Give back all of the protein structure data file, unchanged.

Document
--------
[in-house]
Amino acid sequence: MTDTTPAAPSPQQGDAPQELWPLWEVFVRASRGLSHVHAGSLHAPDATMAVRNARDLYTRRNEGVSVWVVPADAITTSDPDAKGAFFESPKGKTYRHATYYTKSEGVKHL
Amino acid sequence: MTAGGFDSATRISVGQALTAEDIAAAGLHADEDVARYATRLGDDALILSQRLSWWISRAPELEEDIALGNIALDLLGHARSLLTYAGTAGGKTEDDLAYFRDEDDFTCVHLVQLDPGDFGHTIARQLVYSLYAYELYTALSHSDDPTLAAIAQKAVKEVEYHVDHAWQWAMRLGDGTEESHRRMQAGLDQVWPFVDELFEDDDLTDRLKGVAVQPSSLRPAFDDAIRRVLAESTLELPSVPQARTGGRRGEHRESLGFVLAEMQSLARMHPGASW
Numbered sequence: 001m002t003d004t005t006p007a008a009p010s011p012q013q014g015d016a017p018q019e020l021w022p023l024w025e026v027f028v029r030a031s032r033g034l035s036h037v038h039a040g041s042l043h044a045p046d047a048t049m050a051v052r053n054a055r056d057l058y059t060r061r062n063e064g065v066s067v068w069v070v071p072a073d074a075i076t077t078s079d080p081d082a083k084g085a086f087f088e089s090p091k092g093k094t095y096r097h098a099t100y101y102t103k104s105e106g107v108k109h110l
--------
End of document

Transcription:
[in-house]
Amino acid sequence: MTDTTPAAPSPQQGDAPQELWPLWEVFVRASRGLSHVHAGSLHAPDATMAVRNARDLYTRRNEGVSVWVVPADAITTSDPDAKGAFFESPKGKTYRHATYYTKSEGVKHL
Amino acid sequence: MTAGGFDSATRISVGQALTAEDIAAAGLHADEDVARYATRLGDDALILSQRLSWWISRAPELEEDIALGNIALDLLGHARSLLTYAGTAGGKTEDDLAYFRDEDDFTCVHLVQLDPGDFGHTIARQLVYSLYAYELYTALSHSDDPTLAAIAQKAVKEVEYHVDHAWQWAMRLGDGTEESHRRMQAGLDQVWPFVDELFEDDDLTDRLKGVAVQPSSLRPAFDDAIRRVLAESTLELPSVPQARTGGRRGEHRESLGFVLAEMQSLARMHPGASW
Numbered sequence: 001m002t003d004t005t006p007a008a009p010s011p012q013q014g015d016a017p018q019e020l021w022p023l024w025e026v027f028v029r030a031s032r033g034l035s036h037v038h039a040g041s042l043h044a045p046d047a048t049m050a051v052r053n054a055r056d057l058y059t060r061r062n063e064g065v066s067v068w069v070v071p072a073d074a075i076t077t078s079d080p081d082a083k084g085a086f087f088e089s090p091k092g093k094t095y096r097h098a099t100y101y102t103k104s105e106g107v108k109h110l